Zombies as horror have existed for a very long time. They were standardized in 1968 by George Romero and John Russo with Night of the Living Dead. The two men split to found separate franchises: Romero continued his "zombies as social message" with Dawn of the Dead and Day of the Dead. And John Russo? Well, he played a very basic role in the birthplace of the talking, running, tar-skin having, brain-eating punk rock zombies of the Return of the Living Dead franchise.
And even though zombie movies have been steadily released in some form or other since 1968, by the mid-'90s and early 2000s they had ceased to be mainstream.
However, with 9/11 creating a worldwide panic, zombies were poised to once again ask the questions they ask best: what is humanity without its civilization? What are we down to our basest instincts? And is there anything we won't do when we're backed into a corner?
It was an era where you would assume the shambling Romero-style dead would be bursting forth from a fertile earth ready for a new generation of zombies. And yet, while there was a lot to say about the state of the world, what we got was decidedly not slow-moving.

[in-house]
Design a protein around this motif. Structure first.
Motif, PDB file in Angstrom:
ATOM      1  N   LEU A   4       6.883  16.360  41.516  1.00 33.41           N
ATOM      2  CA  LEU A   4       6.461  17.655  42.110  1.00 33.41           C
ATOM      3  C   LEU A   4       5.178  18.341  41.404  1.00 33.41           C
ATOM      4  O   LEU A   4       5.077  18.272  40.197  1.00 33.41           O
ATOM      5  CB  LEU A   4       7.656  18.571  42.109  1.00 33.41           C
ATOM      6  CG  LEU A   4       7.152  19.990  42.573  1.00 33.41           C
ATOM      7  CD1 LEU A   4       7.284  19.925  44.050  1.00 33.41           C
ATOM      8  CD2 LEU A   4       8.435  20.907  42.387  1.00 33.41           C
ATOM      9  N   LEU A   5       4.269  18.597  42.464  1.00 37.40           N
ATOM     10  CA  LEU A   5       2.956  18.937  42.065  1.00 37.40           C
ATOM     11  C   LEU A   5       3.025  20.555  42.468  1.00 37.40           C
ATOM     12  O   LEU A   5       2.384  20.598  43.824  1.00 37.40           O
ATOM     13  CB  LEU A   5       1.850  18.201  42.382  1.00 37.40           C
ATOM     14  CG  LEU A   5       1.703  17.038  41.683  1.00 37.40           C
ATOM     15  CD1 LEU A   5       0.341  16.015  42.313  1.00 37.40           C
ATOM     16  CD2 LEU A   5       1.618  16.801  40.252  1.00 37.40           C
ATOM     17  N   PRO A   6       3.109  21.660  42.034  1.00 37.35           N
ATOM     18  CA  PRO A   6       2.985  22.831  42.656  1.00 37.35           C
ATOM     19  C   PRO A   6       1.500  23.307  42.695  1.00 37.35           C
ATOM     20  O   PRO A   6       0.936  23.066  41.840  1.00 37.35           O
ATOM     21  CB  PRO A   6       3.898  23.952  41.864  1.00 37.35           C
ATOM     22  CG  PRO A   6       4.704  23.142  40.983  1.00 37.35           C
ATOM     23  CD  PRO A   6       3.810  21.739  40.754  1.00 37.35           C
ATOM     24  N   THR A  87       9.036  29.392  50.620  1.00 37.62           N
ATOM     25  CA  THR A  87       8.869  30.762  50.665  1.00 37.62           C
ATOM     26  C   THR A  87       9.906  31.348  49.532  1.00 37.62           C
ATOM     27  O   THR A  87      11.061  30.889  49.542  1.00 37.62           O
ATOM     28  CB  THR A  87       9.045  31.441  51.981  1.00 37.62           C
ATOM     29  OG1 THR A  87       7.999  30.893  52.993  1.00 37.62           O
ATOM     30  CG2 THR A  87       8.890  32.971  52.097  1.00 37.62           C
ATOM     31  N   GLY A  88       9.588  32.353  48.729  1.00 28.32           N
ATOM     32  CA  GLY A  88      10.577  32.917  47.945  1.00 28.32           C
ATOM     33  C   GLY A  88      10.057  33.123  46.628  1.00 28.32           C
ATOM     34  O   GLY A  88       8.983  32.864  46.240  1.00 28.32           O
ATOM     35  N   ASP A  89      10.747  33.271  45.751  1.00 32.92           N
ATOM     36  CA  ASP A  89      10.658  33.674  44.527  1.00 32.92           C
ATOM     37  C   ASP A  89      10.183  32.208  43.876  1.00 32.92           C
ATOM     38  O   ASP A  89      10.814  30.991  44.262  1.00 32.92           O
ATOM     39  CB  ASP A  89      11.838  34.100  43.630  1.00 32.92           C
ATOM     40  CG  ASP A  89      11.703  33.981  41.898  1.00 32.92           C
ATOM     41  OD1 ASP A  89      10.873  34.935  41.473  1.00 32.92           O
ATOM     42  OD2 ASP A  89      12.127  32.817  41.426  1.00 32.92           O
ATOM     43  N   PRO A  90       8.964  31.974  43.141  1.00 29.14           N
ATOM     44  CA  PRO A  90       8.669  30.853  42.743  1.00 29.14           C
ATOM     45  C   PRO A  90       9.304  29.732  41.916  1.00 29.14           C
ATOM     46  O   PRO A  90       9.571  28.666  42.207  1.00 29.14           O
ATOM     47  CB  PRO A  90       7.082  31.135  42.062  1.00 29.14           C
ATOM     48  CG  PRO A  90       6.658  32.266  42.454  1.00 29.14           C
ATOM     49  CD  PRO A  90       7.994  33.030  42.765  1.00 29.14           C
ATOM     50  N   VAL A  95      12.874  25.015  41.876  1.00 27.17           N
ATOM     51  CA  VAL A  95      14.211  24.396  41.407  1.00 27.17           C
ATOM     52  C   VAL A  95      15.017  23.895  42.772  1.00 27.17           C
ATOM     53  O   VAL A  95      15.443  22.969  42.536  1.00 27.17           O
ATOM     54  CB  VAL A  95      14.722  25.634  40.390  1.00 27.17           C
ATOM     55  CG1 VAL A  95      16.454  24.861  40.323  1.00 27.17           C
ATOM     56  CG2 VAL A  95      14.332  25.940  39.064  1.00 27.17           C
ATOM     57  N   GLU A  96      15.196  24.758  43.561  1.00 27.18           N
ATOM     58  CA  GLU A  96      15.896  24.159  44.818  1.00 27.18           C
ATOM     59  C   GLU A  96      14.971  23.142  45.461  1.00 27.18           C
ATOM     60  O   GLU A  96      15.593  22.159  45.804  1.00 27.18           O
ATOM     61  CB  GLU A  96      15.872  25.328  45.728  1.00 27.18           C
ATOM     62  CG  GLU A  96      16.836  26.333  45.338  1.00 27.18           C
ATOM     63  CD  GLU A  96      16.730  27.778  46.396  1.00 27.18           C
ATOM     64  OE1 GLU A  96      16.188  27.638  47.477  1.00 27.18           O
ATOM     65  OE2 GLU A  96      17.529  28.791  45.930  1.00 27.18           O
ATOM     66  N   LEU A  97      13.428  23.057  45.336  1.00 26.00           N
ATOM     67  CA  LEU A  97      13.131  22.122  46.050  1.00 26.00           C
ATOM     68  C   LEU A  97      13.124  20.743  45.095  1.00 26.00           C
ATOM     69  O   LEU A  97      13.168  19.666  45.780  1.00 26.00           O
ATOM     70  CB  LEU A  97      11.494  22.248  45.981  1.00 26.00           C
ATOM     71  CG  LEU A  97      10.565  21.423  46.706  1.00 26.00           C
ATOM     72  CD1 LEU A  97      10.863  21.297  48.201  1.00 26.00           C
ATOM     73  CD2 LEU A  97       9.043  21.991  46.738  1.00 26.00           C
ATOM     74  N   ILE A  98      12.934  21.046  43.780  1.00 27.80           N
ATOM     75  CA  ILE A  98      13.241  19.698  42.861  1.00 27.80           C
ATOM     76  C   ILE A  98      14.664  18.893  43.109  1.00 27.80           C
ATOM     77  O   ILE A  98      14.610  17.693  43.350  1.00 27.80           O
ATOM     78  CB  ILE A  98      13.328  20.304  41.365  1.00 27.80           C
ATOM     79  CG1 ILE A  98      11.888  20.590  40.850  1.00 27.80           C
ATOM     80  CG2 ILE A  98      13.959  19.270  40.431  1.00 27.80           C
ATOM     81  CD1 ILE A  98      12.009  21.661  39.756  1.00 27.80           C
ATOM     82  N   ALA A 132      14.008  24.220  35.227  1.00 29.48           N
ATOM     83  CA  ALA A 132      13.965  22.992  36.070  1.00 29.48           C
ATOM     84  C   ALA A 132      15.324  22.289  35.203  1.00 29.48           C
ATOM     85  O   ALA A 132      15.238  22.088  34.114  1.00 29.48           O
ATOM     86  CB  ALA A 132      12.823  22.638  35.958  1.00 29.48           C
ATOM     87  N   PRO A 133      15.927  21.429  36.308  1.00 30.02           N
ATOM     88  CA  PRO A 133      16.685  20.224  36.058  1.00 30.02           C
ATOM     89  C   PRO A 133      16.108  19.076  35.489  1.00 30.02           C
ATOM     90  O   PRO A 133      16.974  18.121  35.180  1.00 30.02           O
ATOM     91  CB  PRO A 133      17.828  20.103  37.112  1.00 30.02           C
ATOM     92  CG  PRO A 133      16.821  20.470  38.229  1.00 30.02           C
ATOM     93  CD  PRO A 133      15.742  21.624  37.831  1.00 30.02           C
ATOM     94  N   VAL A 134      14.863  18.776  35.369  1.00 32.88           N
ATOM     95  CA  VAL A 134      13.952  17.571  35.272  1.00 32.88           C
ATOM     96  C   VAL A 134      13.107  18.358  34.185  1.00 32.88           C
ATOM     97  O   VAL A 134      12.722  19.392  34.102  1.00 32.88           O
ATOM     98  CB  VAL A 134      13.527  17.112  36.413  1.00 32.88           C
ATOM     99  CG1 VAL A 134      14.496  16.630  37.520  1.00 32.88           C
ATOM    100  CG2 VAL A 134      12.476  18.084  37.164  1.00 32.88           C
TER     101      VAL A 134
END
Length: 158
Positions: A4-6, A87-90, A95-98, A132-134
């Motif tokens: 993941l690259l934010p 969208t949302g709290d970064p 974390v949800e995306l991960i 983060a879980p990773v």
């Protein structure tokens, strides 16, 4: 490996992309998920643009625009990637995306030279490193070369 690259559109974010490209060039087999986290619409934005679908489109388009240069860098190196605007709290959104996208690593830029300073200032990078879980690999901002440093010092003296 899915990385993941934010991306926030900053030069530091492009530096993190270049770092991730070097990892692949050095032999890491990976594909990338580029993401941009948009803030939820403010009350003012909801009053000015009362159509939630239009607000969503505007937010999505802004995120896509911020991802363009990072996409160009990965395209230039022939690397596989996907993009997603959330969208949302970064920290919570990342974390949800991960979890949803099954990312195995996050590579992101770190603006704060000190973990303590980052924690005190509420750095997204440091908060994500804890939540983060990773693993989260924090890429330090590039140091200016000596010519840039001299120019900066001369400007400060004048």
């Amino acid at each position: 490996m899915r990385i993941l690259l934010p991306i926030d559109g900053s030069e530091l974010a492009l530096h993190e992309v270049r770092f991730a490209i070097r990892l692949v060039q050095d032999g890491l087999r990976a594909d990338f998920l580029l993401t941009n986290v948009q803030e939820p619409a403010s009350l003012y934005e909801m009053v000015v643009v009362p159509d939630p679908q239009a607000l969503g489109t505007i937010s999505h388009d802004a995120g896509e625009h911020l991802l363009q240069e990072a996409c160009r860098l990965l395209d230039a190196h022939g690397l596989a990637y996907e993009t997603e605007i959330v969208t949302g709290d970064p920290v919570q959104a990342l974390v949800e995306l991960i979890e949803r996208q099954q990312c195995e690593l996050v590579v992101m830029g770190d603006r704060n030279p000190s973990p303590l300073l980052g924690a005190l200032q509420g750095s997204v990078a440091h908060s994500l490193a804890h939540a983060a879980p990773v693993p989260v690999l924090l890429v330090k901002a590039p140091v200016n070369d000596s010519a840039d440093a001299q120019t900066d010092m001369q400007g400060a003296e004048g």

Danny Boyle and Alex Garland took every classic zombie trope, Romero's and Russo's included, and made them new with their 2002 film, 28 Days Later. It was a marriage of the movements. Centrism if centrism didn't suck. An answer to the question: how much can you really think about the existential dread of your world ending when there are frothing, screaming cannibals sprinting at you any time you walk out the door?
On today's episode of Every Day Horror presents the 13 Days of Halloween podcast, I spoke with film critic Bob Chipman and music critic Todd Nathanson about 28 Days Later, what makes Cillian Murphy an unlikely hero, the incredible performances of Naomie Harris and Christopher Ecceleston, and why it is that the military is almost always evil in zombie movies.
Tomorrow, both Chipman and Nathanson return to talk about this movie's sequel, 28 Weeks Later. You may have heard that movie has less to say. Let's just say that, if you've heard such a thing, you were misinformed.